Thomas Jefferson Papers

From Thomas Jefferson to Lafayette, 12 March 1781

To Lafayette

Richmond March 12th 1781


The inclosed is a Copy of a Letter which was intended to have awaited you in Virginia. But as there seems to be a probability that you will be detained at the Head of Elk longer than you could have expected, I have thought it best to send a Copy there also.

An Idea having unfortunately got abroad that the militia now called on are intended to storm the Enemy’s works at Portsmouth, the numbers which actually march from the several Counties are so far short of what we ordered as never happened before, and as to have baffled our Calculations on probable Deficiencies. As these have become further known and expected we have ordered in additional numbers. From this Cause I am informed the Blockade of Arnold on the Norfolk Side has not taken place as I had reason to believe when I wrote to you on another Occasion.

By the best accounts I can get the Enemy have three vessels of Force in the Bay in addition to those Arnold had before. What few armed vessels we could get are in James River, and cannot be got out nor, could we get them out, are they of force sufficient to venture up the Bay. Should a French naval Force superior to that of the enemy arrive in the Bay, I make no Doubt you will still think it necessary to be assured that there are not in the upper part of the Bay vessels of the Enemy sufficient to do you Injury. I fear the number of Boats requisite for landing your men and Cannon will be very defective.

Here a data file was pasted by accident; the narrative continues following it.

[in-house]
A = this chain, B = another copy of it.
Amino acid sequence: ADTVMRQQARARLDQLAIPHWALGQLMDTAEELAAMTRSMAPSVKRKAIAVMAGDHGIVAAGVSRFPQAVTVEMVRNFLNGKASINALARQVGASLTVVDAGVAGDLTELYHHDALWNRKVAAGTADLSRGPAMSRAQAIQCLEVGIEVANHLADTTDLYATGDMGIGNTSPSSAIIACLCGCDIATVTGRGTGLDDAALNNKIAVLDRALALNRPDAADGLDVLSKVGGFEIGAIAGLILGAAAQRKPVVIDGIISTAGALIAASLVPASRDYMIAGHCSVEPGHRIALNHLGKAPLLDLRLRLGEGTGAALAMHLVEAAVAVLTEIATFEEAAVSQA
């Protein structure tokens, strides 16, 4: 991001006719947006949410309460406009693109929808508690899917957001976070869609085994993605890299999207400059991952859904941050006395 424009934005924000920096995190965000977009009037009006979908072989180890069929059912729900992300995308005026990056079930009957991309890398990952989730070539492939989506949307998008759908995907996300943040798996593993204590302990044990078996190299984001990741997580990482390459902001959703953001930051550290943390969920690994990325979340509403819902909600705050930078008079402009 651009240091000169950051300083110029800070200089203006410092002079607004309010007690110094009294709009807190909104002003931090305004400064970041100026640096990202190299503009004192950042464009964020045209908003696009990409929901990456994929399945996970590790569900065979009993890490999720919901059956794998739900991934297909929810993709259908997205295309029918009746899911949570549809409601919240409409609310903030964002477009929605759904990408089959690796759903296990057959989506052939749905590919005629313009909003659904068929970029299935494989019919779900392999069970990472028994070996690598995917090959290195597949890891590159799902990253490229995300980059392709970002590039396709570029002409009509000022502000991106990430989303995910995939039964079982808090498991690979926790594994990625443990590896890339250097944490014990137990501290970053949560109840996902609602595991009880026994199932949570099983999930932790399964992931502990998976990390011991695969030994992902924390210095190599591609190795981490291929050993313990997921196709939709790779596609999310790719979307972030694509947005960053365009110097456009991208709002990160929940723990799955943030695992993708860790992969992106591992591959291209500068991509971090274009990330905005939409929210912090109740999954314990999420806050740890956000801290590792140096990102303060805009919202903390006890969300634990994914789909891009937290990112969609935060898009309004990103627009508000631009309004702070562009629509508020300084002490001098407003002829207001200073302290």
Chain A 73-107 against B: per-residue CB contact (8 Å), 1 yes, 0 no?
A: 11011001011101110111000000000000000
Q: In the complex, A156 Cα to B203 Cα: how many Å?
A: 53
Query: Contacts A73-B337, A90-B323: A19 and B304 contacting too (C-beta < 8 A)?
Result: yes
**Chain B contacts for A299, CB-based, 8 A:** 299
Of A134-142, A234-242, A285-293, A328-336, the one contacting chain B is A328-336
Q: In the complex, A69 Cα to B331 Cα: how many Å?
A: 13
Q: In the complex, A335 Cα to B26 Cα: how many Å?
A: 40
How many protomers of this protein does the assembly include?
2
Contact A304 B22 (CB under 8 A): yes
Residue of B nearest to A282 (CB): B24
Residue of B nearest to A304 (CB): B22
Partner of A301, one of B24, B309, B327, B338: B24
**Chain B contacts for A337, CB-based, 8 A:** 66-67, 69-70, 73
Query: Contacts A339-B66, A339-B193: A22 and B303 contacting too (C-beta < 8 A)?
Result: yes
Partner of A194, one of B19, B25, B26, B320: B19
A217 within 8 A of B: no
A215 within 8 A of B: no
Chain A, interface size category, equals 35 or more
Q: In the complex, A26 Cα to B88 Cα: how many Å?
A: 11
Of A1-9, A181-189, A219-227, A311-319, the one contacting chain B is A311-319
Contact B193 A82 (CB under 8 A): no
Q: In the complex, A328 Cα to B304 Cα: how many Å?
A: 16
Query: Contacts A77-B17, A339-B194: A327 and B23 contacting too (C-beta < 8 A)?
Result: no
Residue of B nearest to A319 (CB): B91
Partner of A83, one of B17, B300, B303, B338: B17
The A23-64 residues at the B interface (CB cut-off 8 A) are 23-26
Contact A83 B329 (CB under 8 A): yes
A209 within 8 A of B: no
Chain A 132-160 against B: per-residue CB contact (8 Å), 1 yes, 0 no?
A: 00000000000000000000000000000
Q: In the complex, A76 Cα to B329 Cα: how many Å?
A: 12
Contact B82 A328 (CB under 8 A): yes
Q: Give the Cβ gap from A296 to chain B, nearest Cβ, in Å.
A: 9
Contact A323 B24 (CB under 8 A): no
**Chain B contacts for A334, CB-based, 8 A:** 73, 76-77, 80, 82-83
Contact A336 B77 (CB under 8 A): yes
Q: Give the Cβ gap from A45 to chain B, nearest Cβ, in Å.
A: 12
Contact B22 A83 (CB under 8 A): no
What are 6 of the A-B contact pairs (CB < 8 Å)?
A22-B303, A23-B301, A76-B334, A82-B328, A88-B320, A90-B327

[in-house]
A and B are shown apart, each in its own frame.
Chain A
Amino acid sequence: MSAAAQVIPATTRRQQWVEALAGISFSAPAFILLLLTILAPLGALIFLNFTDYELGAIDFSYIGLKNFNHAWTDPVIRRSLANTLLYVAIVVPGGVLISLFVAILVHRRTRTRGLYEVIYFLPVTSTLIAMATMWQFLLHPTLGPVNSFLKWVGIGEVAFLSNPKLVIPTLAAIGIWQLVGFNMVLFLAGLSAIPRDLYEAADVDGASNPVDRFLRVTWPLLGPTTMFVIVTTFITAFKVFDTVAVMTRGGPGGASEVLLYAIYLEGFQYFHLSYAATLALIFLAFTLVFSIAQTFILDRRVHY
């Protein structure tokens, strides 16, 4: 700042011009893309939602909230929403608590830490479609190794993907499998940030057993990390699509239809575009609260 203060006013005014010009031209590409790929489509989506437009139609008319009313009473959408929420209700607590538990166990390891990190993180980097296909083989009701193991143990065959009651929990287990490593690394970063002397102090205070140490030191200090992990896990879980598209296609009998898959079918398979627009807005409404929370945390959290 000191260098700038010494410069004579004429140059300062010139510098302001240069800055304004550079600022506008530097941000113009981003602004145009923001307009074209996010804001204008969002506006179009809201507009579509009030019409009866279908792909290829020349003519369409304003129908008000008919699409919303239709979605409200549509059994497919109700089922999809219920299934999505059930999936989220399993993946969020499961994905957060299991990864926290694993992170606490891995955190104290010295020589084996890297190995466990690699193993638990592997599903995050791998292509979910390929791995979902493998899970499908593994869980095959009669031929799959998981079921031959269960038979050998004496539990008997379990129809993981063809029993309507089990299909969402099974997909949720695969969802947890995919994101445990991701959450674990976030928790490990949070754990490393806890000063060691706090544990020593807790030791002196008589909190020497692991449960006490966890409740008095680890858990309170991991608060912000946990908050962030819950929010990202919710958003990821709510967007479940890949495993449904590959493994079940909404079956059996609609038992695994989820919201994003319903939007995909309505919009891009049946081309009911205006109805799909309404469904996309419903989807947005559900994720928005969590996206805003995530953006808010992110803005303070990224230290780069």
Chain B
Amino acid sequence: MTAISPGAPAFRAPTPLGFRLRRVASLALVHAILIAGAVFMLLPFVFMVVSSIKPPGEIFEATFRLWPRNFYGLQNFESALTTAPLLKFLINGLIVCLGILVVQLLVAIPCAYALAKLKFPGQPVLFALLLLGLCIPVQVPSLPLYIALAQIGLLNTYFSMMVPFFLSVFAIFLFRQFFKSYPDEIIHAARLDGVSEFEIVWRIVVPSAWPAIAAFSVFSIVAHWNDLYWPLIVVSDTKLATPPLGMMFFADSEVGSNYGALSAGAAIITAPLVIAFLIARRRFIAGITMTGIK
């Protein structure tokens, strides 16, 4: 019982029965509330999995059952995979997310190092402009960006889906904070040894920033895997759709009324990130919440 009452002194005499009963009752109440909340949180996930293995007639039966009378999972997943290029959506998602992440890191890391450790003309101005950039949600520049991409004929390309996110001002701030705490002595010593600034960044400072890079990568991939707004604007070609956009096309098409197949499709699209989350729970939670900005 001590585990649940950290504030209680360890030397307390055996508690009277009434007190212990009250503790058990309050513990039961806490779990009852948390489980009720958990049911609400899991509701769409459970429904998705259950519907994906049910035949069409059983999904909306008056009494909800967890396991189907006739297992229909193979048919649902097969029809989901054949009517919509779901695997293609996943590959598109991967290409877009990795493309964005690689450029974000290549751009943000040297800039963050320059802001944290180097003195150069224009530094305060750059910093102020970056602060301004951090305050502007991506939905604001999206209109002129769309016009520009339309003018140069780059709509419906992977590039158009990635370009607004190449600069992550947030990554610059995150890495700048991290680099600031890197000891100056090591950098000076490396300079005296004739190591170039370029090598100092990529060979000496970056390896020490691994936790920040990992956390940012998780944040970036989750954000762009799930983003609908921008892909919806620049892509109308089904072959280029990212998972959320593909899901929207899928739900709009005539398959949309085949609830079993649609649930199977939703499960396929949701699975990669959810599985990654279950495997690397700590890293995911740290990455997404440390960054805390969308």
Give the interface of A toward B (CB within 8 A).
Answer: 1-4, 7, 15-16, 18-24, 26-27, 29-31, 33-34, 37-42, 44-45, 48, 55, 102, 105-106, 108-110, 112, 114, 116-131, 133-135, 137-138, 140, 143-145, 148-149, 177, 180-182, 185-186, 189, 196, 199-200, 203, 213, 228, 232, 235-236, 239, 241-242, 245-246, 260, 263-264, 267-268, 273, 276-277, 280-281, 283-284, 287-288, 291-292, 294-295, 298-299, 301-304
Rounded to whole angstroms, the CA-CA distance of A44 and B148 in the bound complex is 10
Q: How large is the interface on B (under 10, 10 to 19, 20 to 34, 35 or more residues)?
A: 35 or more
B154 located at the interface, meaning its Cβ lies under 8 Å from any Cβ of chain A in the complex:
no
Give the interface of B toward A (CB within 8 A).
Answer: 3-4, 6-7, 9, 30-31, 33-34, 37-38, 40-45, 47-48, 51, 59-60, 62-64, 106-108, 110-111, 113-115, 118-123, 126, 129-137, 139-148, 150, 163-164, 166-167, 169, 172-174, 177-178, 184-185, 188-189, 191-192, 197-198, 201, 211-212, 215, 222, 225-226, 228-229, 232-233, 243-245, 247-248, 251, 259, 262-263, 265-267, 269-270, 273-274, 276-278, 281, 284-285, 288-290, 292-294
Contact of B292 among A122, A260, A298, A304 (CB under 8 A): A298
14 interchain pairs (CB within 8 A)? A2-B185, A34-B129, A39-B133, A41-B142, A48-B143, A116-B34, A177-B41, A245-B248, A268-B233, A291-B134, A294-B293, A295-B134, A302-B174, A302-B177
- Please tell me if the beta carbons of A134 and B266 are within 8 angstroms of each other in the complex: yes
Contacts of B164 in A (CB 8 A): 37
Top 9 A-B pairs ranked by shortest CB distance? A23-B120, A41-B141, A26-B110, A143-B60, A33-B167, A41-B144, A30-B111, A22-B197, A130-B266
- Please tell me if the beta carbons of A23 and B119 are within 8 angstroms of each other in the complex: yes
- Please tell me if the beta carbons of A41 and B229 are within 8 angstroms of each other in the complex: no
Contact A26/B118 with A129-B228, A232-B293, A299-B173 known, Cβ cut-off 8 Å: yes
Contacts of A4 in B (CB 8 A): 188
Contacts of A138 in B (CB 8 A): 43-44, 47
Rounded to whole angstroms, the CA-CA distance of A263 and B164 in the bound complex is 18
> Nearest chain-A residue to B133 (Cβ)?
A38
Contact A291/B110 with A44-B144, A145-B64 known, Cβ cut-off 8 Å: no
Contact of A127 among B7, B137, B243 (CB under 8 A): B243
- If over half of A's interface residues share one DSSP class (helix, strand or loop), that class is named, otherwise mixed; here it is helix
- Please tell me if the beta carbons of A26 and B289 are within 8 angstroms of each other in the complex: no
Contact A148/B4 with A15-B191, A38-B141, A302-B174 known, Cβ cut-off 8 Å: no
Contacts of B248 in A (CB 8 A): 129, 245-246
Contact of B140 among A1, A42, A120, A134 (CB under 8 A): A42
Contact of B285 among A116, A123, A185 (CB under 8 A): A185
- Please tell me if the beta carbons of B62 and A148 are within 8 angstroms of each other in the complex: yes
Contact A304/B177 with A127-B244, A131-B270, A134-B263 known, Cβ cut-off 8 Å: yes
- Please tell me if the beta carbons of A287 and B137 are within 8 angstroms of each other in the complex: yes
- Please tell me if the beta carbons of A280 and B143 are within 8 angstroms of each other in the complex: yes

Baron Steuben thinks 20 necessary, but there cannot be half that number procured. The boats built for use in the upper part of James river cannot navigate the lower parts of it nor can any be brought round from the other rivers. Perhaps it will be in your power to bring a number of boats with you. We have every instrument in motion which can avail us on this most interesting Occasion, but a want of means circumscribes our Exertions. I think it proper therefore to reduce your expectations from what should be ready to what will probably be ready, and even calculating on probabilities I find it necessary to reduce my own expectations at Times. I know that you will be satisfied to make the most of an unprepared [people] who have the war now for the first Time seriously fixed in their Country, and have therefore all those Habits to acquire which their Northern Brethren had in the year 1776 and which they have purchased at so great an expence.

I have the honor to be with Sentiments of very particular esteem & respect Sir Your &c.,

T. J.

FC (Vi). Enclosure (missing): Copy of TJ to Lafayette, 10 Mch. 1781, q.v.

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